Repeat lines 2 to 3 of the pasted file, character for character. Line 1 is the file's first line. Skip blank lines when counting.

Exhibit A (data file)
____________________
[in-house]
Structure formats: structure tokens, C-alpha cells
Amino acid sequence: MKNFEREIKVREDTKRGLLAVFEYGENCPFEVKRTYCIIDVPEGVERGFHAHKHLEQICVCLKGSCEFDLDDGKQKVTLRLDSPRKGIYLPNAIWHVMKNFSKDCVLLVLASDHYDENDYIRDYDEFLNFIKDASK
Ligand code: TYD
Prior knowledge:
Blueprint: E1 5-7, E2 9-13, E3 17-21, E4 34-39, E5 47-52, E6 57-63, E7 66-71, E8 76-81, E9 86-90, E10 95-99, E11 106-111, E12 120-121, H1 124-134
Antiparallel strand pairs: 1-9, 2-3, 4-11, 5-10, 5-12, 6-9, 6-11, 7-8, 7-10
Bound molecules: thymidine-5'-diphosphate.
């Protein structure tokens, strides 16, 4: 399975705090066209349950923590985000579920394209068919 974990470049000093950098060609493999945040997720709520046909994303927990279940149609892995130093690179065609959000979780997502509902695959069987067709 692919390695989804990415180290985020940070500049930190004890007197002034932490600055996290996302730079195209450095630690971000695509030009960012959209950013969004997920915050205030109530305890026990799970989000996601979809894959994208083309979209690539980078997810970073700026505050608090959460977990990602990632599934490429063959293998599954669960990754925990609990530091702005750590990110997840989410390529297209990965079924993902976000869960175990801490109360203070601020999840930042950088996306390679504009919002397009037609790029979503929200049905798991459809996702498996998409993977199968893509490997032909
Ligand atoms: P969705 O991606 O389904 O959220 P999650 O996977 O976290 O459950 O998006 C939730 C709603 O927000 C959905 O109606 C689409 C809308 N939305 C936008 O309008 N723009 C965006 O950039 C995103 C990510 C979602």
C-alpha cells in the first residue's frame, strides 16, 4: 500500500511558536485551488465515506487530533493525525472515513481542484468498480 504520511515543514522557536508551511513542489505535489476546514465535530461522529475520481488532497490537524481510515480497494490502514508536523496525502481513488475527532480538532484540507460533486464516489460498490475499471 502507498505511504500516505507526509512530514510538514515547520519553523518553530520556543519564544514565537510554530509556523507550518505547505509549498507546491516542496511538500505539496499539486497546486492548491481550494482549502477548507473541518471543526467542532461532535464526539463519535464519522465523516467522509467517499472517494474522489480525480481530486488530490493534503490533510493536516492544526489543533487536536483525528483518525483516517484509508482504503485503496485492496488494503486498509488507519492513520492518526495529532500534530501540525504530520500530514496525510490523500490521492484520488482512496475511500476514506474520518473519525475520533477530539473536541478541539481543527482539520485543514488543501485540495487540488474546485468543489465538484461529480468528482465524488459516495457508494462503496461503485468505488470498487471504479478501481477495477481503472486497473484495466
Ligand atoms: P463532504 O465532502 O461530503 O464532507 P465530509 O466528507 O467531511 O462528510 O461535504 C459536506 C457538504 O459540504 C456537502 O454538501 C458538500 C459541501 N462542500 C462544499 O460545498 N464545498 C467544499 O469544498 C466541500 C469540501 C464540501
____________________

Structure formats: structure tokens, C-alpha cells
Amino acid sequence: MKNFEREIKVREDTKRGLLAVFEYGENCPFEVKRTYCIIDVPEGVERGFHAHKHLEQICVCLKGSCEFDLDDGKQKVTLRLDSPRKGIYLPNAIWHVMKNFSKDCVLLVLASDHYDENDYIRDYDEFLNFIKDASK